Speech by Foreign Minister Guido Westerwelle during the Bundestag debate on the Annual Disarmament Report

15.03.2013 - Speech

verbatim report of proceedings –

Mr President, Members of this House,

With your permission, I will depart from protocol for a moment and turn to my colleague Ms Zapf. I would like to take this opportunity, just before you address us today, to thank you very much indeed for the excellent cooperation we have enjoyed, on disarmament and security policy in particular and on foreign policy as a whole. You have my respect for your many years of work in this House. This may be the last opportunity to give expression to this respect when you are addressing the House. May I thank you very much indeed on behalf of the Federal Government and perhaps also on behalf of our other colleagues.

Ladies and gentlemen, disarmament, arms control and non-proliferation are a focal point of Germany’s foreign and security policy. Indeed the two key pillars of our foreign policy are referenced even in the preamble to the Basic Law, which charges us “to promote world peace in a united Europe”.

There is a clear connection between peace policy, disarmament, arms control and non-proliferation – particularly non-proliferation of weapons of mass destruction. All of us here, irrespective of party affiliation, see and stress this connection. We want to achieve the goal of a world without nuclear weapons. We want to work towards the goal of a world without nuclear weapons. That’s why we are committed to peace, to security, and of course also to stability through fewer weapons, the prevention of proliferation and increased transparency.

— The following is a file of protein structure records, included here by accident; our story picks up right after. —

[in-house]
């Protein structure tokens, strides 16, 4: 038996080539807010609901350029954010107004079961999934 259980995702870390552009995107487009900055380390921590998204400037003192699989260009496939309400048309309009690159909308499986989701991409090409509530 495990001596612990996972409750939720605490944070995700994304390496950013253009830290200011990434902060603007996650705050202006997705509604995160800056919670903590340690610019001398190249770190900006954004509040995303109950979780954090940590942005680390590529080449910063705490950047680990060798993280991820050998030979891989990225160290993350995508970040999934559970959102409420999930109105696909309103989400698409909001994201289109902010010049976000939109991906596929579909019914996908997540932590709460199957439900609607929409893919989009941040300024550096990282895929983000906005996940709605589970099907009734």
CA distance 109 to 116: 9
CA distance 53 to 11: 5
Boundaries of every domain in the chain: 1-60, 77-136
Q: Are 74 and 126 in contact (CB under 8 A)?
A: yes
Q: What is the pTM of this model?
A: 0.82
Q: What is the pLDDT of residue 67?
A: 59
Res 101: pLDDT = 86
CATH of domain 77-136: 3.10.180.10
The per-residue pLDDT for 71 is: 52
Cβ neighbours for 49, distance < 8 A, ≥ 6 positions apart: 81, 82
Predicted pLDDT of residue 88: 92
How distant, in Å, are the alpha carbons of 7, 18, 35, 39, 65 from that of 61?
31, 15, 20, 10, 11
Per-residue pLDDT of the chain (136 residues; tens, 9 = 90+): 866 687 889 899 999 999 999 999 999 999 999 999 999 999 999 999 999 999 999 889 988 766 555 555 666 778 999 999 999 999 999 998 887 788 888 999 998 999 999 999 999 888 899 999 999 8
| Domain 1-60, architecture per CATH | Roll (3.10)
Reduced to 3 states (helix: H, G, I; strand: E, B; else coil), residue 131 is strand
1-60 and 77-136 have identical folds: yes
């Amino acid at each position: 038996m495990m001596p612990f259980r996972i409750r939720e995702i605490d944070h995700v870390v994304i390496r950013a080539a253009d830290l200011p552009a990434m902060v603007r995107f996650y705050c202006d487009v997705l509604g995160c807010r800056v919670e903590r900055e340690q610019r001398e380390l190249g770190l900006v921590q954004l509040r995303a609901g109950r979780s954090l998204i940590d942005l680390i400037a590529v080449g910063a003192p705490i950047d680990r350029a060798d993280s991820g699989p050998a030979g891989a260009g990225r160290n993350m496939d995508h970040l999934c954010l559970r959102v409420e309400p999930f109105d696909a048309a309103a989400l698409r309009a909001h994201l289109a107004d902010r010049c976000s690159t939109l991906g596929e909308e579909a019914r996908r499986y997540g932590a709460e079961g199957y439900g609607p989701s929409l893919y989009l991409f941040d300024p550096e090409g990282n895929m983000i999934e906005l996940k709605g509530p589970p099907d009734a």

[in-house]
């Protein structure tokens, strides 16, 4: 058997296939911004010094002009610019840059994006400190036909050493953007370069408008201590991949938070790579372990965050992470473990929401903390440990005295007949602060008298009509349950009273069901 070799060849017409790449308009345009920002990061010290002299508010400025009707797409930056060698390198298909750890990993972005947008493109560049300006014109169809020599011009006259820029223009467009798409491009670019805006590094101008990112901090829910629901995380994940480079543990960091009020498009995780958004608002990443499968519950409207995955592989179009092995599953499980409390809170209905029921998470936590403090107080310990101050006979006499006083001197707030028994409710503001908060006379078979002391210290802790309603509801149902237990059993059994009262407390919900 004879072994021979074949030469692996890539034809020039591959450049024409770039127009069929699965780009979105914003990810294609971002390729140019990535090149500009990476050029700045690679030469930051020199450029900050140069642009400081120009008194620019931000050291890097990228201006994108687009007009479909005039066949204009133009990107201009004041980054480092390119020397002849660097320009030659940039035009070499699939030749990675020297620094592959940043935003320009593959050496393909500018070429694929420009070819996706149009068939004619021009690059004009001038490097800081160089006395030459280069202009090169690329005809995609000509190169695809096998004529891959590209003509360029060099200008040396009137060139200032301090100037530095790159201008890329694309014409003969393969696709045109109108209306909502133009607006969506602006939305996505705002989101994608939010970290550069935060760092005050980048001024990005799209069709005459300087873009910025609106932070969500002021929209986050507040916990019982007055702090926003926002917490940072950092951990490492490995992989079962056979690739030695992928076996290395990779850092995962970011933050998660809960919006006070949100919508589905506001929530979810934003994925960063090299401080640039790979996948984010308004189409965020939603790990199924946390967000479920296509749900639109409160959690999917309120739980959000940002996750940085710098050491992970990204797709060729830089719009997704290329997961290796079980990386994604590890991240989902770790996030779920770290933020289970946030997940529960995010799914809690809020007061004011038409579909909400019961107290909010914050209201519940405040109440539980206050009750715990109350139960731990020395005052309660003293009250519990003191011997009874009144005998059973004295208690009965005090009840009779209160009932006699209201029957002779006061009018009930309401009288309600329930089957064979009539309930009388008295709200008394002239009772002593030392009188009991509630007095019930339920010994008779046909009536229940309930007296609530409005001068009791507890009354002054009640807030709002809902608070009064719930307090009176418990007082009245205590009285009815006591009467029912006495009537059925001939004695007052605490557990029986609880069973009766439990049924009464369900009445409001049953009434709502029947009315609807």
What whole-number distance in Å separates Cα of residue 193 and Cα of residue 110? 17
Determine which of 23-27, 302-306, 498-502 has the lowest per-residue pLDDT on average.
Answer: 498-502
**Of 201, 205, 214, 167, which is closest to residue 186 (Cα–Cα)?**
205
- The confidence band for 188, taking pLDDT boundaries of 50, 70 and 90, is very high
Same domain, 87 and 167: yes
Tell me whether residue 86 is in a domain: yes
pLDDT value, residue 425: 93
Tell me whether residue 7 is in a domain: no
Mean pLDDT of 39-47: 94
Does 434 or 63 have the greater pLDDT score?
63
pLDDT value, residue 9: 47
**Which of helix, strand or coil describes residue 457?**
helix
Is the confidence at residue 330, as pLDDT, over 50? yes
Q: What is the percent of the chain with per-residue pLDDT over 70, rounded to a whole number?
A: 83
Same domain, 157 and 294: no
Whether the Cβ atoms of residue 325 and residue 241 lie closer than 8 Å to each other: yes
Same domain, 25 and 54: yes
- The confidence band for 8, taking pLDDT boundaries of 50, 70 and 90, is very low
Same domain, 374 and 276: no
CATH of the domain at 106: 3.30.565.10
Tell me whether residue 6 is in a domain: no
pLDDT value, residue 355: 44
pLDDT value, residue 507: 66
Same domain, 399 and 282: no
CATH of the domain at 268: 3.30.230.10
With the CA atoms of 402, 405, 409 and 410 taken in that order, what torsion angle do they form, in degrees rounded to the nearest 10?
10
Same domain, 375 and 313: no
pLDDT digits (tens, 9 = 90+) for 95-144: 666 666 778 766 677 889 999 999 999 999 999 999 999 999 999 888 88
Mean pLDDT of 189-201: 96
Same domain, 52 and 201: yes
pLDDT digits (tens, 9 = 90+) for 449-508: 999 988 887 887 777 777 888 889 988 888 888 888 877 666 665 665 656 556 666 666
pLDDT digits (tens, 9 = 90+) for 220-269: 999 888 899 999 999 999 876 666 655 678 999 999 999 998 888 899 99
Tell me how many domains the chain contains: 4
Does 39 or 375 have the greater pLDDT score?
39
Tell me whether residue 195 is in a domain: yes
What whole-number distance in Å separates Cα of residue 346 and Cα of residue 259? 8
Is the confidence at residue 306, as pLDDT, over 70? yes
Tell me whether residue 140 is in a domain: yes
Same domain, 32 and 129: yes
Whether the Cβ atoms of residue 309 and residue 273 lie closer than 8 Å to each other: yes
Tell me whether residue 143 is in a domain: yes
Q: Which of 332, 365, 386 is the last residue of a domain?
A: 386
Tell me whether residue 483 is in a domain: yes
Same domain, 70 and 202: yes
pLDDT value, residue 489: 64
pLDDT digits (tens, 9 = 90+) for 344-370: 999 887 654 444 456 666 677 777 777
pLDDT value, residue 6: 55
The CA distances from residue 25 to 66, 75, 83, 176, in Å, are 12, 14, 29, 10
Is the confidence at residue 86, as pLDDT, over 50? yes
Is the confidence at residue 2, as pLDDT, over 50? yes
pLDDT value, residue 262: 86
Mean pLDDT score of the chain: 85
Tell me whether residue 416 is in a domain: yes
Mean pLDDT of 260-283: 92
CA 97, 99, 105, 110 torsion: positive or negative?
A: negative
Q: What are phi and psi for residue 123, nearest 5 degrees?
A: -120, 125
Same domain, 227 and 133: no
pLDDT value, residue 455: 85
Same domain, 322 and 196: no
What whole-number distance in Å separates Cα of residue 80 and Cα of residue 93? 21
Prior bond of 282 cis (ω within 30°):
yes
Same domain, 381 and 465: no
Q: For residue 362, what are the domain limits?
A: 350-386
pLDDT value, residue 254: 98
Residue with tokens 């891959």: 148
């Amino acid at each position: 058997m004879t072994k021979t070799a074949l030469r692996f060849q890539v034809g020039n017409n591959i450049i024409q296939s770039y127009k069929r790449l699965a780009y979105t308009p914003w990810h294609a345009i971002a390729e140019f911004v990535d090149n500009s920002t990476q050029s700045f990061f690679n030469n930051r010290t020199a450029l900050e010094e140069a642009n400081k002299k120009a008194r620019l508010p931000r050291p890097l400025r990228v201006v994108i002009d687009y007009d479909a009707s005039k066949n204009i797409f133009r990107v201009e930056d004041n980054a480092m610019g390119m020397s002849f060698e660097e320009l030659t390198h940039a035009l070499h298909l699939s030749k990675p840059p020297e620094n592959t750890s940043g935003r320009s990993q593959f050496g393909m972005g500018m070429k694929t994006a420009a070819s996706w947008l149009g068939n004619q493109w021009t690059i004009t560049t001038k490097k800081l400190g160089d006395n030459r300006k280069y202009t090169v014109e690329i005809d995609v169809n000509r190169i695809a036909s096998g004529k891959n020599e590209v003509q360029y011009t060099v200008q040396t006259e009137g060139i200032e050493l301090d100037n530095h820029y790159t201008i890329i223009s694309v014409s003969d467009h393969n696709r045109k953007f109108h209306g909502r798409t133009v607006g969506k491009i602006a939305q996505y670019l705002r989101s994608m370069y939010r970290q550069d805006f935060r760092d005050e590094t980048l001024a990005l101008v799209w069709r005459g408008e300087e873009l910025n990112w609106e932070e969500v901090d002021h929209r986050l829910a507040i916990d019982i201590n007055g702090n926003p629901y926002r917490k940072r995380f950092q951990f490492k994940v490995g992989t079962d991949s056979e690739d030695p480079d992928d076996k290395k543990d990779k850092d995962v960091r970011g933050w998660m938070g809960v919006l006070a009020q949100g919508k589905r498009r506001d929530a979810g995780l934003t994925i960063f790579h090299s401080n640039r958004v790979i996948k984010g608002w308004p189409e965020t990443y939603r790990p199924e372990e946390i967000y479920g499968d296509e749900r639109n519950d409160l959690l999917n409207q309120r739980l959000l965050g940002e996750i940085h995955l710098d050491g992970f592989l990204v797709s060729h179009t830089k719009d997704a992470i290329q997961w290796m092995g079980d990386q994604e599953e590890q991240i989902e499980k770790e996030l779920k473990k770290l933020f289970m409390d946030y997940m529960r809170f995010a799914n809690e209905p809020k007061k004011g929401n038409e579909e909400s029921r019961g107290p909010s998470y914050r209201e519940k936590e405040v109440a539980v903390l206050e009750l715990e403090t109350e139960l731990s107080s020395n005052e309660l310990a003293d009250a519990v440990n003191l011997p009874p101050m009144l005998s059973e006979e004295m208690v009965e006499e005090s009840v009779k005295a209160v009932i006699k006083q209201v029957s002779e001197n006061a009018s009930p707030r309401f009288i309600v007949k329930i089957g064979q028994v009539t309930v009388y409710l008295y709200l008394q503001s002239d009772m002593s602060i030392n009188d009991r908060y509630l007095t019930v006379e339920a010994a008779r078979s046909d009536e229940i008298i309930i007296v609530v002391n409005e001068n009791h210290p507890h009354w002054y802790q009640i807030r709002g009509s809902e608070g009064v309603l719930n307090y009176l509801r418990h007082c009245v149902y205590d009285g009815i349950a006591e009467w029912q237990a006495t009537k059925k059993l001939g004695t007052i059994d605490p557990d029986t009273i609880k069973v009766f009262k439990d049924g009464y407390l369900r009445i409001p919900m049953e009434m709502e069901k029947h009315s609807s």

We all know from experience in the past that disarmament policy requires stamina. Sometimes disarmament policy also needs strategic patience, but it certainly needs to take a long-term approach particularly when the major successes are not evident at first glance.

Nonetheless, ladies and gentlemen, we can safely say today that even if we would like to have gone farther in some areas of disarmament in recent years, the successes are definitely there for all to see. We had a very successful conclusion to the review of the NATO defence and deterrence posture at the Chicago Summit last year. The Summit also strengthened the Alliance’s profile, including on disarmament and arms control issues. If you look at NATO’s strategies over the past few decades, it’s true to say that NATO’s commitment to disarmament is the strongest it’s ever been.

This is a clear success and an important step, because we all know that defence and security go very closely together.

The Chicago Summit didn’t herald a breakthrough, but it was a start. It is therefore all the more important for us to consider further disarmament moves. There are encouraging signs here, not least from the US Administration. President Obama is pushing ahead on the disarmament agenda with new vigour. We naturally support him in this. We want to have everyone on board.

But the priority now is to make progress in the dialogue with Russia. NATO’s offer to include the sub-strategic, “tactical” nuclear weapons in the disarmament process is on the table. The fact that NATO agreed on this, despite some differences of opinion among the member states, is a marked success, also for German disarmament policy.

We want to continue to support the steps towards disarmament taken between the US and Russia. We will continue to work towards a reduction in the number of weapons stationed in Europe.

The Federal Government has moved closer to the goals it set itself at the beginning of the legislative period. We have not yet achieved everything – indeed that was not to be expected – but we will continue steadfastly to work in the long term for disarmament policy, including nuclear disarmament.